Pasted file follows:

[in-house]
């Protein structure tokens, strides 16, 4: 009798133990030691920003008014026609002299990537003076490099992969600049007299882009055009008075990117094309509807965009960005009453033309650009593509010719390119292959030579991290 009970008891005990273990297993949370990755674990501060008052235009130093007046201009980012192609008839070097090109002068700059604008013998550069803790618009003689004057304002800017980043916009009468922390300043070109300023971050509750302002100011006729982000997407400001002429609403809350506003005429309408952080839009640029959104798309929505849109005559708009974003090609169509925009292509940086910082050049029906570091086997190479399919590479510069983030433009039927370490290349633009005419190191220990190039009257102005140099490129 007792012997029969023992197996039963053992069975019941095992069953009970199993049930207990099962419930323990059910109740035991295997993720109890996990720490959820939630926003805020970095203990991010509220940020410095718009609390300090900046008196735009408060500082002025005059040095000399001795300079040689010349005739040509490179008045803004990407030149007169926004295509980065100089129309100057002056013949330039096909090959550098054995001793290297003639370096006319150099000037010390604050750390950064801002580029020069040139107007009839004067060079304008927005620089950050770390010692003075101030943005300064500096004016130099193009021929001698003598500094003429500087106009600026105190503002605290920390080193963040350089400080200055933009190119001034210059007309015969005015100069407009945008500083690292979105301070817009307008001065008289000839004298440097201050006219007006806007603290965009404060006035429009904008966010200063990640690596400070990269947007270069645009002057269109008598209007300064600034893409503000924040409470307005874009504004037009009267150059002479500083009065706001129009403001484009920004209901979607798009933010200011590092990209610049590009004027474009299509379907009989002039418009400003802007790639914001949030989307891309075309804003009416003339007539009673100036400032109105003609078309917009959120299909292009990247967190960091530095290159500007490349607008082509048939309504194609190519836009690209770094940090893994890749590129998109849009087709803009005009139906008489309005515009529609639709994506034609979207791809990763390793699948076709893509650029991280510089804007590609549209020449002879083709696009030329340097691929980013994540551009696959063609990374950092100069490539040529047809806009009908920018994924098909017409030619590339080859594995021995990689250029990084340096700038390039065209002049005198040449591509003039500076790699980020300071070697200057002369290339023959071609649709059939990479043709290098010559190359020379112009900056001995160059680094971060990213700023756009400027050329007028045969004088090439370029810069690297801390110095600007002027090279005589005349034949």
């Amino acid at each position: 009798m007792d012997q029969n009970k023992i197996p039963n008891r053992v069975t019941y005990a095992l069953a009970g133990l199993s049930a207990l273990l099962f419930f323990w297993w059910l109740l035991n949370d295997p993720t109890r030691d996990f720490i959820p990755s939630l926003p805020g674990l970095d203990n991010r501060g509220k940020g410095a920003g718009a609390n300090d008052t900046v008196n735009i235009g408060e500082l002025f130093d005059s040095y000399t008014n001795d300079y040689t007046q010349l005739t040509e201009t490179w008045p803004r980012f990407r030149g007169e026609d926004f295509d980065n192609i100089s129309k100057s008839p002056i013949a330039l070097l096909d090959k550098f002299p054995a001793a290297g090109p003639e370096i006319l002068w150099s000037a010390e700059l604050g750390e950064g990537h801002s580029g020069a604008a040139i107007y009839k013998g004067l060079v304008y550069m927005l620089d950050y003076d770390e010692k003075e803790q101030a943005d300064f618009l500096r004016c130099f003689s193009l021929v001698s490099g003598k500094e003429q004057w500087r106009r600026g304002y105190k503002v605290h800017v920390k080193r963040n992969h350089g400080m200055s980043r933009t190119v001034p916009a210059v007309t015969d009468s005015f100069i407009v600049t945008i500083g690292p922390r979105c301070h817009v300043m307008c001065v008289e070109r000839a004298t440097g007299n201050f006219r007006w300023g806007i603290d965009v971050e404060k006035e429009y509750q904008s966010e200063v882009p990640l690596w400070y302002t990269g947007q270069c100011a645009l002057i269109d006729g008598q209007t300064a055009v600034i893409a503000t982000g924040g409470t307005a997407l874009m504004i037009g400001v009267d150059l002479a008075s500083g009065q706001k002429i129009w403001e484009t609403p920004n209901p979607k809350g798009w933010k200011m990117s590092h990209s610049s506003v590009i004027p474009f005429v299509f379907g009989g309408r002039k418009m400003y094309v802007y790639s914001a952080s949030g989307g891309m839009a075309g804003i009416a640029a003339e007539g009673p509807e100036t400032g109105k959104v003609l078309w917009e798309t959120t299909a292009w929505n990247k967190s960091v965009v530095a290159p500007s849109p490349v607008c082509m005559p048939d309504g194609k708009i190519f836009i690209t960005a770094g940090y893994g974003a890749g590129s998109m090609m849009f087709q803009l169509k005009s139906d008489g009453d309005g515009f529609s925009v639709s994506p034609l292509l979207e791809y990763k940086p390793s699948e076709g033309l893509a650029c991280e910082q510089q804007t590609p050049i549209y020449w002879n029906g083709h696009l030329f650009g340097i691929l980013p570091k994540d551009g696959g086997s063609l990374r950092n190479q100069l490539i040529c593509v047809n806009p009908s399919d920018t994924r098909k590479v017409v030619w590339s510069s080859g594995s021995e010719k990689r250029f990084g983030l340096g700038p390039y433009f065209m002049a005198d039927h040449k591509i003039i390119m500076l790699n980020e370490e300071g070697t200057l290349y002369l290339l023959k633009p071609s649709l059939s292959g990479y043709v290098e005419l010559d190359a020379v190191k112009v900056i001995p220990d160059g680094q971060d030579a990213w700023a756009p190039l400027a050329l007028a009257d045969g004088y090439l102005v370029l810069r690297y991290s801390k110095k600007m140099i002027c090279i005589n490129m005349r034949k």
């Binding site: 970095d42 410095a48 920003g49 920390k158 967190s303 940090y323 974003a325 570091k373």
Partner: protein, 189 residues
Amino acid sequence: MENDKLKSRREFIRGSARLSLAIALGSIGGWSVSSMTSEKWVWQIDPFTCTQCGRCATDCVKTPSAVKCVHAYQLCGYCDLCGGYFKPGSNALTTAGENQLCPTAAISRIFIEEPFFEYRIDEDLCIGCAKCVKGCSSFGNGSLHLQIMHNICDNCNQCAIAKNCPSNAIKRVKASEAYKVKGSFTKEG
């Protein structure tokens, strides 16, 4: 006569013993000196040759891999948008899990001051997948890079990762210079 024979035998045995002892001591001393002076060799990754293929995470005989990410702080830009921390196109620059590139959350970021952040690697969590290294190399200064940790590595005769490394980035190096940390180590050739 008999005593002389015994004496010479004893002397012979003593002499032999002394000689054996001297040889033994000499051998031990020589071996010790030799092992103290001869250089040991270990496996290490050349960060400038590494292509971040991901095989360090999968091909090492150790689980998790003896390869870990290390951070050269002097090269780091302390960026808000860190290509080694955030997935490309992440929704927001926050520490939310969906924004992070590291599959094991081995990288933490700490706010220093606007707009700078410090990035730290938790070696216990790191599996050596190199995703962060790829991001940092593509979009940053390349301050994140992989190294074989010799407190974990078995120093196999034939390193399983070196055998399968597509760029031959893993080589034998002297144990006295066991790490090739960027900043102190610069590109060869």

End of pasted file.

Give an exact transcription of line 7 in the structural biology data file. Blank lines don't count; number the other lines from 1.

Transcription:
């Protein structure tokens, strides 16, 4: 006569013993000196040759891999948008899990001051997948890079990762210079 024979035998045995002892001591001393002076060799990754293929995470005989990410702080830009921390196109620059590139959350970021952040690697969590290294190399200064940790590595005769490394980035190096940390180590050739 008999005593002389015994004496010479004893002397012979003593002499032999002394000689054996001297040889033994000499051998031990020589071996010790030799092992103290001869250089040991270990496996290490050349960060400038590494292509971040991901095989360090999968091909090492150790689980998790003896390869870990290390951070050269002097090269780091302390960026808000860190290509080694955030997935490309992440929704927001926050520490939310969906924004992070590291599959094991081995990288933490700490706010220093606007707009700078410090990035730290938790070696216990790191599996050596190199995703962060790829991001940092593509979009940053390349301050994140992989190294074989010799407190974990078995120093196999034939390193399983070196055998399968597509760029031959893993080589034998002297144990006295066991790490090739960027900043102190610069590109060869």